Many airline sites are difficult to navigate, offer little more than flight information, or are too slow, according to Gomez Advisors, an e-commerce research firm, which today released results of its Spring 2000 Internet Airline Scorecard.
"Customers expect to be coddled, but we found (airlines') customer service as spotty," said Gomez analyst Krista Pappas. "Sheer volume has left them incapable of handling 24-7 customer service."
Gomez ranked the 23 sites based on ease of use, customer confidence, on-site resources and relationship services.
The top site was United Airlines, followed by Northwest Airlines. Both offer links to customer service contact information, travel upgrade capabilities and personalization features.
Among the larger carriers, US Airways and Southwest Airlines fared the worst, ranking 8th and 12th, respectively.
The Internet was expected to revolutionize the airline industry, allowing customers to buy tickets and get better deals and helping airlines save money. But customers have grown disenchanted, analysts say, because they can't find the rock-bottom fares that airlines initially offered online to draw traffic.
"The gimmick may have worn off," Pappas said.
Customers spent $6 billion in the online airline industry last year, according to Internet research group Jupiter Communications. But most travelers still book through a travel agent or by phone.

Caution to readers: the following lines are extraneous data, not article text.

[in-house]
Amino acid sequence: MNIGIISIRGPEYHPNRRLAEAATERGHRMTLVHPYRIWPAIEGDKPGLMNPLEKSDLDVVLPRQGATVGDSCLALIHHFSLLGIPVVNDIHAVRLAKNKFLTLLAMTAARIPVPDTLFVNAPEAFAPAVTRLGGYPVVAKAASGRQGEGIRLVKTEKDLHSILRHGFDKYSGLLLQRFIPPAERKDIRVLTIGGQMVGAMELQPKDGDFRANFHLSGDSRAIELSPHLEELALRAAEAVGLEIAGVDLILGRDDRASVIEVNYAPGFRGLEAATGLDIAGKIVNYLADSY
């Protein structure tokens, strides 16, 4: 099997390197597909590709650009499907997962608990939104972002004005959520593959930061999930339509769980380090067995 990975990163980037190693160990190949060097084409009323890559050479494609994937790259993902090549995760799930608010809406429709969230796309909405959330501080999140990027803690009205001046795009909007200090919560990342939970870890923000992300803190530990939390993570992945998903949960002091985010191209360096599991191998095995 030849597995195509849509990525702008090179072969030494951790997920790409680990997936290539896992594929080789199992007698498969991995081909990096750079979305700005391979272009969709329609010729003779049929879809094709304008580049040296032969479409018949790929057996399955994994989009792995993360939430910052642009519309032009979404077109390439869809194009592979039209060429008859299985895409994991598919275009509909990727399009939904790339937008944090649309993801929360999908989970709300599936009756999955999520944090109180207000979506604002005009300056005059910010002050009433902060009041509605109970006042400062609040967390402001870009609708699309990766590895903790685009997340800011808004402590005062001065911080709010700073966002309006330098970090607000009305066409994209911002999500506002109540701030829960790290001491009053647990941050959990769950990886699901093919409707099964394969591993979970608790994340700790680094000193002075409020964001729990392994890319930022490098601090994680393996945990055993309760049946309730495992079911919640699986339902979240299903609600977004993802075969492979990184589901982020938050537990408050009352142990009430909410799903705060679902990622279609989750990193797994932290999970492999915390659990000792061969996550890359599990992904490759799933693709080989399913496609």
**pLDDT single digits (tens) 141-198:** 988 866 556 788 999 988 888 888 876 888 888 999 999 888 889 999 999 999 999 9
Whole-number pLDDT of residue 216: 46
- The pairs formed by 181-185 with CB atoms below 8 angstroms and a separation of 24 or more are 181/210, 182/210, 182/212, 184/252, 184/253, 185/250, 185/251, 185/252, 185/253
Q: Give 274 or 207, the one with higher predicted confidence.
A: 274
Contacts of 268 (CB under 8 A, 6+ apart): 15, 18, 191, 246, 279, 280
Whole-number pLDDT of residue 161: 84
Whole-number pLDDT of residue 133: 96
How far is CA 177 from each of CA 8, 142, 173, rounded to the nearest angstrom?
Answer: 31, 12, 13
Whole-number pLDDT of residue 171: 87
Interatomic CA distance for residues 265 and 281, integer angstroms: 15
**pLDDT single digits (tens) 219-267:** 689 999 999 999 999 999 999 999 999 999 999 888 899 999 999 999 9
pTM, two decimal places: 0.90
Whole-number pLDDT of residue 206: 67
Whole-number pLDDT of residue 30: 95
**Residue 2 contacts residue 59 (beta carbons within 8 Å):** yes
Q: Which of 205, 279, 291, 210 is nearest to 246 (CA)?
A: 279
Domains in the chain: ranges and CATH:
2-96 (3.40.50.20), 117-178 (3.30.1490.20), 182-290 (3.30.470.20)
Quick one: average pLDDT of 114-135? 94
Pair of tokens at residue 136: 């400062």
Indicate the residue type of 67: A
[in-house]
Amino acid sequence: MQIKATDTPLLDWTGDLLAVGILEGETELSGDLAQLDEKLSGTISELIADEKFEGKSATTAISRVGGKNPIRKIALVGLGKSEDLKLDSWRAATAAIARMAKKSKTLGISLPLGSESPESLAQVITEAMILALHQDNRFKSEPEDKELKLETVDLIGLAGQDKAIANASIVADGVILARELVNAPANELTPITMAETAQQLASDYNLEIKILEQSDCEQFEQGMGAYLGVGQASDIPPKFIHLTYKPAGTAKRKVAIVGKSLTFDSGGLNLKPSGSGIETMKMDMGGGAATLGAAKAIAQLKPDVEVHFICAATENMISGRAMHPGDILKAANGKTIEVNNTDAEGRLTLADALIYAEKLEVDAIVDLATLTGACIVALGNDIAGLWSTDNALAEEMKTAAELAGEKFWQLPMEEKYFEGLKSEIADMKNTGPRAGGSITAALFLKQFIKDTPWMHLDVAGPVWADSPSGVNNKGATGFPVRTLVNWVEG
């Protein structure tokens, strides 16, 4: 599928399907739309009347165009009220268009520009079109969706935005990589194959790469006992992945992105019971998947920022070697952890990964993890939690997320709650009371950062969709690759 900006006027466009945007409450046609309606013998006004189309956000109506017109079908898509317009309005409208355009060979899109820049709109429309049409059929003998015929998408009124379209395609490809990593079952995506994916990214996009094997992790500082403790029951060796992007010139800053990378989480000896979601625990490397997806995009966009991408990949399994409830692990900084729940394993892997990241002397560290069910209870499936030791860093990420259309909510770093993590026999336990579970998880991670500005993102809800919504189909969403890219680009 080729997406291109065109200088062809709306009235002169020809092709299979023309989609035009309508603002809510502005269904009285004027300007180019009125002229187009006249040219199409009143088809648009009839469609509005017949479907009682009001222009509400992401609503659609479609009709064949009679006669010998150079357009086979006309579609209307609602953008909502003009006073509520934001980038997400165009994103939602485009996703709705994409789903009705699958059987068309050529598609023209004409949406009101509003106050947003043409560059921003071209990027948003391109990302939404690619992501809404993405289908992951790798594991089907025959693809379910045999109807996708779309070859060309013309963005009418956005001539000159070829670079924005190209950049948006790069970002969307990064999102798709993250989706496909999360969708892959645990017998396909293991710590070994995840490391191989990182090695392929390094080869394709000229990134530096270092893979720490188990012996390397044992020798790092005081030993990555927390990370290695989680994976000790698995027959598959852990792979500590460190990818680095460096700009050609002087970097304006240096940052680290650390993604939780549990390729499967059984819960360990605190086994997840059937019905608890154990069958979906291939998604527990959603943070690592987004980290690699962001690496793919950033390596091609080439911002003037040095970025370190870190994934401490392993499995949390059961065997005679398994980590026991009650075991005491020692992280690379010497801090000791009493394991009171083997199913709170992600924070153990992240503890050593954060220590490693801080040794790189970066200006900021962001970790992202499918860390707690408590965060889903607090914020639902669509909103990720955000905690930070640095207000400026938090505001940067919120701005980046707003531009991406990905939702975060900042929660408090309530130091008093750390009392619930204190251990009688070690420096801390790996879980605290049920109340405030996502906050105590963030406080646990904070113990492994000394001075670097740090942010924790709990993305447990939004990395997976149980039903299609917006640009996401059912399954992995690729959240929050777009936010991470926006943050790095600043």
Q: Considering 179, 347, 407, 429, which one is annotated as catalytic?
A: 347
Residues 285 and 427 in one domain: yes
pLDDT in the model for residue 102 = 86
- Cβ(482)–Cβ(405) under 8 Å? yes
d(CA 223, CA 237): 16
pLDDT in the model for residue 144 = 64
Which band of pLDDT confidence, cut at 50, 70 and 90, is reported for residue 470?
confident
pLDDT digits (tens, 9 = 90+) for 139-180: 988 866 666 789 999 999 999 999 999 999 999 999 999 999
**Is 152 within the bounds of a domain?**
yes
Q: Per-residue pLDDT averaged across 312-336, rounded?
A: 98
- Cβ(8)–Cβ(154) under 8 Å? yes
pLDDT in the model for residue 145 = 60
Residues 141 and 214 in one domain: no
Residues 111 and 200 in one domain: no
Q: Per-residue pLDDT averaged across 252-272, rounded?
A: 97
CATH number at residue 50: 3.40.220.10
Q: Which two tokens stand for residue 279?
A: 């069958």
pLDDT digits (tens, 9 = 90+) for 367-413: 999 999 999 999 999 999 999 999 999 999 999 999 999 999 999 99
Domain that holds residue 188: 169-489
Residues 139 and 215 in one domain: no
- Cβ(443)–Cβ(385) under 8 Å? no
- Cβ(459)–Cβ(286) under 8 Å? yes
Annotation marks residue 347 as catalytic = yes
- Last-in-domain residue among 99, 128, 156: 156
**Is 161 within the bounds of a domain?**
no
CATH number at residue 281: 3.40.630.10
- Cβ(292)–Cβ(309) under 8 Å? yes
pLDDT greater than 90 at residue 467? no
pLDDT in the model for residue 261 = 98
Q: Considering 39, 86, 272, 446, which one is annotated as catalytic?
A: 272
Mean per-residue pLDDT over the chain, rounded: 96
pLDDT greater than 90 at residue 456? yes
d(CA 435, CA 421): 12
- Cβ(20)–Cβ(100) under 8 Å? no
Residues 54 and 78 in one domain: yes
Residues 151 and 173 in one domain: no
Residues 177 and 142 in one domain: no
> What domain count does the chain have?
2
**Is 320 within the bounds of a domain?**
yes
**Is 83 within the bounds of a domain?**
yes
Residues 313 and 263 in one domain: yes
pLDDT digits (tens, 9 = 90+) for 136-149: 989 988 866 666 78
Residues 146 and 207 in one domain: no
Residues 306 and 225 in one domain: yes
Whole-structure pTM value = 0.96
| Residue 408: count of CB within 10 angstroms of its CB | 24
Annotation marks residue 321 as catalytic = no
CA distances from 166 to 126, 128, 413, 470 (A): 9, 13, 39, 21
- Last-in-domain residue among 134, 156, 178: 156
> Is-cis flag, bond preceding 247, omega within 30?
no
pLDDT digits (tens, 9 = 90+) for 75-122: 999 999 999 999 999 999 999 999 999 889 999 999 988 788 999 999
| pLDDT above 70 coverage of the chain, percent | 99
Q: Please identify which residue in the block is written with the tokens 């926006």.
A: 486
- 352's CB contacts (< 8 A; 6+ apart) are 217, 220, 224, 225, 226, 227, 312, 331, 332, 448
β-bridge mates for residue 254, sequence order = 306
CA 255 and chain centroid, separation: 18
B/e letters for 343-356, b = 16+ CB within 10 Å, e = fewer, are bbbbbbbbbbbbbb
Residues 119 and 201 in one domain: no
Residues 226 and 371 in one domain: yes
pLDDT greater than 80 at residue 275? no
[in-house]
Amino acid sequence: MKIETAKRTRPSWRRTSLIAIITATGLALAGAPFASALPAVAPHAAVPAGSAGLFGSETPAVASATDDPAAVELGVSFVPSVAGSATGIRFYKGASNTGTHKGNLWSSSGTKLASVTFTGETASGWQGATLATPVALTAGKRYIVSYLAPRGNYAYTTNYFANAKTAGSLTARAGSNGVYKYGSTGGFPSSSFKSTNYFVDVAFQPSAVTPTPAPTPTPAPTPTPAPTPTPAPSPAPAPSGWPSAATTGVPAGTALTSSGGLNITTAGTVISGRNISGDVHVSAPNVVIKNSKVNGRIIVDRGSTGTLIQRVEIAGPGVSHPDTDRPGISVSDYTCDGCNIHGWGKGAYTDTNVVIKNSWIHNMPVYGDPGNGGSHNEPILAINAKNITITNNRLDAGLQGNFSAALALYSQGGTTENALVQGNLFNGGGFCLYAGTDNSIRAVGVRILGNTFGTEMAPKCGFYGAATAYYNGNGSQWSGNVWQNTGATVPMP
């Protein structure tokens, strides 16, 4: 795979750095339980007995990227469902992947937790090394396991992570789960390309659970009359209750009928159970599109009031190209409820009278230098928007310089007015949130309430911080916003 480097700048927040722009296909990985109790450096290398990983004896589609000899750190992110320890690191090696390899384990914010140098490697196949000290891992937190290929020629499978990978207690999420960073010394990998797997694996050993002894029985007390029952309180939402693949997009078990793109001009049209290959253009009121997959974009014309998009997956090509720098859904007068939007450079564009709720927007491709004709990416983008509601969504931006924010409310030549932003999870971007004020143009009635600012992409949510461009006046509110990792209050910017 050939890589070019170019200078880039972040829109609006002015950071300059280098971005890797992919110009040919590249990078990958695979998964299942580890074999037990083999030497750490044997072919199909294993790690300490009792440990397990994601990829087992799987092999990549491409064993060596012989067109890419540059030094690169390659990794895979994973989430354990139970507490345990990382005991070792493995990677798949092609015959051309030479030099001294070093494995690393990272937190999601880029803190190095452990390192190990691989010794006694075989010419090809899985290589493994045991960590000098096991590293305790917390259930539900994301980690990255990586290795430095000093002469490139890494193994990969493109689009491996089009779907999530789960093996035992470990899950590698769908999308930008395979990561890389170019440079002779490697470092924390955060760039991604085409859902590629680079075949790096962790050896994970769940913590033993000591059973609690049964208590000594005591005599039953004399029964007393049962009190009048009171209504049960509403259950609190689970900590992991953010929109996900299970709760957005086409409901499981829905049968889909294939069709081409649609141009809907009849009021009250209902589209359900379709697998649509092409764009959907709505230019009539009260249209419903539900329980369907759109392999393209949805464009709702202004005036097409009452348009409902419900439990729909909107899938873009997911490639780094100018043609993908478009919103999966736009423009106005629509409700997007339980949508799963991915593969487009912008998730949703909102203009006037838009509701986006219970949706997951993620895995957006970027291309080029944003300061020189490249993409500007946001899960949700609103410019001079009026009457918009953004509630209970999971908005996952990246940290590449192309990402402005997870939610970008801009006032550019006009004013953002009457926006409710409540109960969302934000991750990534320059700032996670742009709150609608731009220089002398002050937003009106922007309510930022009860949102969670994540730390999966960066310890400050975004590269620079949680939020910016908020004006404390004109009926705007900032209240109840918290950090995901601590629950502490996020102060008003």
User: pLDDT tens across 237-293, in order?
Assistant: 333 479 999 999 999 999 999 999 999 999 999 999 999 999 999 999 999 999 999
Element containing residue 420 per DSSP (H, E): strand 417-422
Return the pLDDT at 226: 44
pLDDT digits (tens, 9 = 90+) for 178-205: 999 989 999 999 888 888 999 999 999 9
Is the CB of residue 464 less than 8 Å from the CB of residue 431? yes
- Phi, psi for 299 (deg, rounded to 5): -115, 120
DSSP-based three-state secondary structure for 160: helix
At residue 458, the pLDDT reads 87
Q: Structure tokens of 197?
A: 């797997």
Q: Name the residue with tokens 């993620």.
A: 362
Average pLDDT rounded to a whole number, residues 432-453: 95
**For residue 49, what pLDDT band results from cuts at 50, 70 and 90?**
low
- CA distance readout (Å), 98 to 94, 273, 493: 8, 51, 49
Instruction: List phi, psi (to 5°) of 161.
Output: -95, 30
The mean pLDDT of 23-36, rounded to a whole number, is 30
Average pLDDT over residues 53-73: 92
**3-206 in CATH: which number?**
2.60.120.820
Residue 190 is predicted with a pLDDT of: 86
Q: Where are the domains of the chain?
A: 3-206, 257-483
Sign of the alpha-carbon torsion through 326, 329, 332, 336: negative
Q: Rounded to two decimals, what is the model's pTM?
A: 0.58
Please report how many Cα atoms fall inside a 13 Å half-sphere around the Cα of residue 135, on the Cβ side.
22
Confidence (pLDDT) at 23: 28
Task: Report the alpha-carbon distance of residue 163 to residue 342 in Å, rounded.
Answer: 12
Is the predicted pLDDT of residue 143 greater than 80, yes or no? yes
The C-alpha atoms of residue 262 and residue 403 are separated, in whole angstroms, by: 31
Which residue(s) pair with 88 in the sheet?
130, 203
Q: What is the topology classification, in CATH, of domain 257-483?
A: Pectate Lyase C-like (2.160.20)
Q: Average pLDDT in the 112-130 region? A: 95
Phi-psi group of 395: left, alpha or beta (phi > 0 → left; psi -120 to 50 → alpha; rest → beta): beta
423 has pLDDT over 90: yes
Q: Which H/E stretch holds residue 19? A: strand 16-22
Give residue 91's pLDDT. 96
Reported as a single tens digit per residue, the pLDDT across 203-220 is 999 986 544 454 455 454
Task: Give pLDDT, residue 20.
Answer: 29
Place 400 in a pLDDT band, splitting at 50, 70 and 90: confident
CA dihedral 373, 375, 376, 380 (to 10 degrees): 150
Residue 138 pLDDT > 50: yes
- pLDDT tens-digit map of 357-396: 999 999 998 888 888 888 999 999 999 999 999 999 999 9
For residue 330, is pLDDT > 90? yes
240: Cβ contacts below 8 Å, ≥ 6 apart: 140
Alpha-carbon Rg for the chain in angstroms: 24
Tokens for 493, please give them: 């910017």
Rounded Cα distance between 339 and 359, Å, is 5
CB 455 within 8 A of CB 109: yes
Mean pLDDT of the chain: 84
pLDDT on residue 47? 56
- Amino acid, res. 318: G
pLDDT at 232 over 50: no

Of the five biggest airlines--United, American Airlines, Northwest, Continental Airlines and Delta Air Lines--United ranked the highest in three categories: overall score, on-site resources and relationship services.
Northwest was the top site in the customer confidence sector, according to the survey. A Northwest representative said the company has won top awards in other online surveys and continues to work on its site.
"We have listened to our customers, and they told us they want a site that's fast, easy to use and intuitive," spokesman Dennis Mollura said. "We've been building and revamping as we go."
Representatives from United and Southwest did not return phone calls.
Gomez' Pappas said customers don't always expect a lot from airlines, particularly those that advertise cheaper, no-frills flying, such as Southwest. That airline, the survey noted, doesn't accept email inquiries from customers.
"People don't really expect that much from Southwest," Pappas said. "The airline's customers want low fares, and that's what they get--with very little frills. But many online consumers want convenience, and we think part of doing business online is offering email inquiries."